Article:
A study has found that planting trees on an extreme scale may prove effective in reducing the level of carbon dioxide in the atmosphere. The study used satellite images, tree cover assessments, and computer modelling to identify available areas which could be potential sites for cultivating new forests. Accounting for locations with suitable conditions, a total area of 0.9 billion hectares, roughly the size of the USA, was identified as viable for forestation which is primarily spread across 6 countries (Australia, Canada, Brazil, USA, China, Russia).
The planting of trees on a mass scale could help reduce carbon if this is done in addition to human based mitigation measures. The suggested strategy does not detract from our need to curb current emissions and make use of renewable energy sources, particularly since the plan would require time to reach its full potential as forests would need approximately 50-100 years to absorb the desired CO2 levels from the atmosphere. However, despite the time restraint the concept of planting billions of trees can still prove effective since it’s a cost effective and simple option given that the areas identified are currently unoccupied by either urban or agricultural land use, and it doesn’t require investment in new technology.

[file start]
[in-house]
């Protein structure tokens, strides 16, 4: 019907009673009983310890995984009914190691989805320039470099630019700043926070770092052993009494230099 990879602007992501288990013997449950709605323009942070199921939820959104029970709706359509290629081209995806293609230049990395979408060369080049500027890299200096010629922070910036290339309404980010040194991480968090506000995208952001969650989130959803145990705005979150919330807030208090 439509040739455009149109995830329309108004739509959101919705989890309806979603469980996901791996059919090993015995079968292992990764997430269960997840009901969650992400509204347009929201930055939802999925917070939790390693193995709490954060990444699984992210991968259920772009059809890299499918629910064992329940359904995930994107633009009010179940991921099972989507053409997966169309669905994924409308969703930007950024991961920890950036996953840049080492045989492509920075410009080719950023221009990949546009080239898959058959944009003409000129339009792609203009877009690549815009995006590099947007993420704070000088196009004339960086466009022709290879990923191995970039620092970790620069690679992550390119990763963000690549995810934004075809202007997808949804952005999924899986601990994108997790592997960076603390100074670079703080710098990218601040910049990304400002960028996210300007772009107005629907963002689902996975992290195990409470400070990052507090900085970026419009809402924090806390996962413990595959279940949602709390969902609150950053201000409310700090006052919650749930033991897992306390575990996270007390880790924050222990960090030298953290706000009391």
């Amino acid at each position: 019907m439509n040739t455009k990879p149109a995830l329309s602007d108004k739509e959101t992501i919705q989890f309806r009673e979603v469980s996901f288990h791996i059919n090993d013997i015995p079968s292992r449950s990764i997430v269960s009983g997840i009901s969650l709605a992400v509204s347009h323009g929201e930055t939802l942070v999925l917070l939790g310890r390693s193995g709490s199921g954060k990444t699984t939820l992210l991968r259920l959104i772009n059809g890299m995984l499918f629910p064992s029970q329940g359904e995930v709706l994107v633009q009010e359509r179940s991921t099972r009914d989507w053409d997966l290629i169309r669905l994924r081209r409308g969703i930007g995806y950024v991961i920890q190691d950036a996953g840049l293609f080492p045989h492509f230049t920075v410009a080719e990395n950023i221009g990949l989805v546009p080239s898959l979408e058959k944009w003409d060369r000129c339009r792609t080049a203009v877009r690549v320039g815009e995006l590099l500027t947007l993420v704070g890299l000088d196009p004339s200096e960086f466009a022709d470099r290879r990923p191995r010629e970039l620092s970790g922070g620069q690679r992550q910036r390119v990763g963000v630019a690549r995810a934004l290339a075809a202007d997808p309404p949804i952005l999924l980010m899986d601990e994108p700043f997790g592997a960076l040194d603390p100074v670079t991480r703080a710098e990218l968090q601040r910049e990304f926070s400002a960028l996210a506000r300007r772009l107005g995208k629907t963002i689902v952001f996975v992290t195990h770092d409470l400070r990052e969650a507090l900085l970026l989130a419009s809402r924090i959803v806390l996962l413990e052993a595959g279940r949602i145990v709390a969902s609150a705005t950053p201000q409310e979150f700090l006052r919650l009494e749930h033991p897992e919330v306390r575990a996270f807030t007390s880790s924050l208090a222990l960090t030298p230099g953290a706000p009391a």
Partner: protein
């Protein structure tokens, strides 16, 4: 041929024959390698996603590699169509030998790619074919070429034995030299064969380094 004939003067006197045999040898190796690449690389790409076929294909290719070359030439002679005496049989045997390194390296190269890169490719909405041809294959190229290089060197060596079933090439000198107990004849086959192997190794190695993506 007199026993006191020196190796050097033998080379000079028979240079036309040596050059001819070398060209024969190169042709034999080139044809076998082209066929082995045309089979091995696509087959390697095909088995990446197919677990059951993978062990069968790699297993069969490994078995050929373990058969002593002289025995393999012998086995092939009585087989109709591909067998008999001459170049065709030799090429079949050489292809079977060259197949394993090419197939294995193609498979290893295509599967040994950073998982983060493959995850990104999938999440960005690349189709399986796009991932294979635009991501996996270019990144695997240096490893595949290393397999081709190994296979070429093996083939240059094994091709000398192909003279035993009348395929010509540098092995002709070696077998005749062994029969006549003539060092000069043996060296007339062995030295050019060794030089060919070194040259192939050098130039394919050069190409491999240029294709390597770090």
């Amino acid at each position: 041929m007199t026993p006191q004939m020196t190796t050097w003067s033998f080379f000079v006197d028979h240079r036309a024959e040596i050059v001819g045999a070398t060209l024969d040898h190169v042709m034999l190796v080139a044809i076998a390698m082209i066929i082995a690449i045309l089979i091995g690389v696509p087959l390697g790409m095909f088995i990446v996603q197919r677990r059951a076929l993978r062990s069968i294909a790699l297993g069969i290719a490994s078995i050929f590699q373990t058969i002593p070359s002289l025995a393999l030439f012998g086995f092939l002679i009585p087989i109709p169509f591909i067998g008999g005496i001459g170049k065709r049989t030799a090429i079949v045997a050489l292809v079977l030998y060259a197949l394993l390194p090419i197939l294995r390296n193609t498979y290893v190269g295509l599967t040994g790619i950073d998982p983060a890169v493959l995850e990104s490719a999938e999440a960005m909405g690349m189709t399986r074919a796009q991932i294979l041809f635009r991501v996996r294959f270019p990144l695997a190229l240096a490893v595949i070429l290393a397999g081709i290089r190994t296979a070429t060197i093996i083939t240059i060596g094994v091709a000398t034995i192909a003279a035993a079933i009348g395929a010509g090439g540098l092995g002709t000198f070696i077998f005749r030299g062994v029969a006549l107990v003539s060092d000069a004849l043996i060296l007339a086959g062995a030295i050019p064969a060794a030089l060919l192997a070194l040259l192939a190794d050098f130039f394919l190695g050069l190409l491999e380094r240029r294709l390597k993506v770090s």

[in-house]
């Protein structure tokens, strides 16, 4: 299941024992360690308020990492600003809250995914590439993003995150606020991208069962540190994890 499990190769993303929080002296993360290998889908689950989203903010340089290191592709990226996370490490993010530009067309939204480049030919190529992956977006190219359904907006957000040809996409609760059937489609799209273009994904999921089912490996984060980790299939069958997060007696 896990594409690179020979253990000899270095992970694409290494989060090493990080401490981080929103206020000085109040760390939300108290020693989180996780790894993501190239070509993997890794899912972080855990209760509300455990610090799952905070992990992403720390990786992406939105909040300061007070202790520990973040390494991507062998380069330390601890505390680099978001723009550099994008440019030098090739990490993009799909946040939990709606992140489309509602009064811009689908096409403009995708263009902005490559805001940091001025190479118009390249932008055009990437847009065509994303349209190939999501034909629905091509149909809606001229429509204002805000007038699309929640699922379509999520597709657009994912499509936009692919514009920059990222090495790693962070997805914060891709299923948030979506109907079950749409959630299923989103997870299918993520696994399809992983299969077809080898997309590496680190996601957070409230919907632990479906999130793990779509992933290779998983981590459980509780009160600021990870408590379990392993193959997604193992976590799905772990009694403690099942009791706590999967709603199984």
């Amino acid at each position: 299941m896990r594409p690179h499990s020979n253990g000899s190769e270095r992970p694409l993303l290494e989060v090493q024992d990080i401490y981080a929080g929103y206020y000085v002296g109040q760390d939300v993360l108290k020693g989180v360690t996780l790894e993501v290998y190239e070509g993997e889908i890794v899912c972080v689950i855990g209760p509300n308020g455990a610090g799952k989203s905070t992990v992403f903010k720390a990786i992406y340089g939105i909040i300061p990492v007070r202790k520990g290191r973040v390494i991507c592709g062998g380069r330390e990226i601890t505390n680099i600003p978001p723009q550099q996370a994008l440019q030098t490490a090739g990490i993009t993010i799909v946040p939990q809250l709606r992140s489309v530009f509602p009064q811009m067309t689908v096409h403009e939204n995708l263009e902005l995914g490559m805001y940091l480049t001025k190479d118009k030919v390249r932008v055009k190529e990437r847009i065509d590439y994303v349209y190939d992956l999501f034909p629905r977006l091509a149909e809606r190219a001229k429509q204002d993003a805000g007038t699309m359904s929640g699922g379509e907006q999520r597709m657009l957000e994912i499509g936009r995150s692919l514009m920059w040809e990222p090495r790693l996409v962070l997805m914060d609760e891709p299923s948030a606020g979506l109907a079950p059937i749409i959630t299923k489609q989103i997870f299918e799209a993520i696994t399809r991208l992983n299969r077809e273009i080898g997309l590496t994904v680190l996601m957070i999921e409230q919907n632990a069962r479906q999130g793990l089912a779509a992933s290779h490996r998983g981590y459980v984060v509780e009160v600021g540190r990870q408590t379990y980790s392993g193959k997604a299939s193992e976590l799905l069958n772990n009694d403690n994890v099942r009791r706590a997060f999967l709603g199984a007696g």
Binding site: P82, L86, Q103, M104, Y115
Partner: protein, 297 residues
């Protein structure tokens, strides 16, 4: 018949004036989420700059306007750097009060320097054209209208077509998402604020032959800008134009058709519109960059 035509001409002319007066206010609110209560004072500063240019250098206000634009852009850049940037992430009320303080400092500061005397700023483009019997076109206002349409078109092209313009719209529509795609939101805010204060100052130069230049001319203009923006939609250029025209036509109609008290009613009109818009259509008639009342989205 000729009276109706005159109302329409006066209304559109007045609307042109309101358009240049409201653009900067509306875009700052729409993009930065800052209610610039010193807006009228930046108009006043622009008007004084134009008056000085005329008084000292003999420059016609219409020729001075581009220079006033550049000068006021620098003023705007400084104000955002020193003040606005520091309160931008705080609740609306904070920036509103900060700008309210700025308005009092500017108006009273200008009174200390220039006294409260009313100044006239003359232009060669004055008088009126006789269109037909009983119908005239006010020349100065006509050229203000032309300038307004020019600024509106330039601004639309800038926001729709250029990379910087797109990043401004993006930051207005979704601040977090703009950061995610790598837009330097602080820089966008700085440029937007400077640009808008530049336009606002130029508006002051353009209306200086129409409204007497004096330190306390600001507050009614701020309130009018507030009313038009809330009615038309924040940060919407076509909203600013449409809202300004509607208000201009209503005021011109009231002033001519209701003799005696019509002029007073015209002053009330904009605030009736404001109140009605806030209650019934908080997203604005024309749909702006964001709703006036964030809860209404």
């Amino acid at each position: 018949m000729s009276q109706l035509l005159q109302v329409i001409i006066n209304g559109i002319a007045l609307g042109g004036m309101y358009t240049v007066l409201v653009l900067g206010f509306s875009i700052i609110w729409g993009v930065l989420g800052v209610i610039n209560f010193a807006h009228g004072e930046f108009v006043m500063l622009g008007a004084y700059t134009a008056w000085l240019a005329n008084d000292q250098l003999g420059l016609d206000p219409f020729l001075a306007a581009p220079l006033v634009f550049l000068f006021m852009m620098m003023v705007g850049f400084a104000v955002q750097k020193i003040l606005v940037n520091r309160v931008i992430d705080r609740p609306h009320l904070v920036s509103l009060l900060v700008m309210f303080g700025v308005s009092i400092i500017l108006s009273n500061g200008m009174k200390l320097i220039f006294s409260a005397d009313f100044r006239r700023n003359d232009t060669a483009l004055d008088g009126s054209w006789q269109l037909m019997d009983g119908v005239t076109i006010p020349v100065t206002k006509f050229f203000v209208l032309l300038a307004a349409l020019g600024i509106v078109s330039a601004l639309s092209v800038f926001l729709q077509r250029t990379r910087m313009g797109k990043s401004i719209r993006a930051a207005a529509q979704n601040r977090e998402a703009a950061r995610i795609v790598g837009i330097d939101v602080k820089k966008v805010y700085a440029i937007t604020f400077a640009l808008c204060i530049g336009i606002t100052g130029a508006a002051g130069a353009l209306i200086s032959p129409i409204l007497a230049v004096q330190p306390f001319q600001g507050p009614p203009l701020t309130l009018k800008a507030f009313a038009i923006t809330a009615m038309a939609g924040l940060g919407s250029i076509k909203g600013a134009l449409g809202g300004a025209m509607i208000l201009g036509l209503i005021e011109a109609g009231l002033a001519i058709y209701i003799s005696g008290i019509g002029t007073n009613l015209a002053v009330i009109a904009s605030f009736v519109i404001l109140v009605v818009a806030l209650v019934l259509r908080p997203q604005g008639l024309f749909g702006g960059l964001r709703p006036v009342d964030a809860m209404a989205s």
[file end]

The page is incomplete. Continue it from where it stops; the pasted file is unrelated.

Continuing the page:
While scientists from the study speculate that establishing new forests could remove a quarter of the CO2 currently in the atmosphere (two thirds of anthropogenic carbon dioxide released post-industrial revolution), other scientists have suggested this estimate may be too high as it doesn’t account for stored CO2 present in ecosystems or the time-frame necessary to become fully effective. Raising the potential benefits of planting forests is particularly relevant in order to emphasise the need to preserve current forests such as the rapidly disappearing Amazon rainforest. While some scientists may debate the precise volume of CO2 which can be removed from the atmosphere after planting billions of trees, the results would certainly be advantageous given the current climate crisis.
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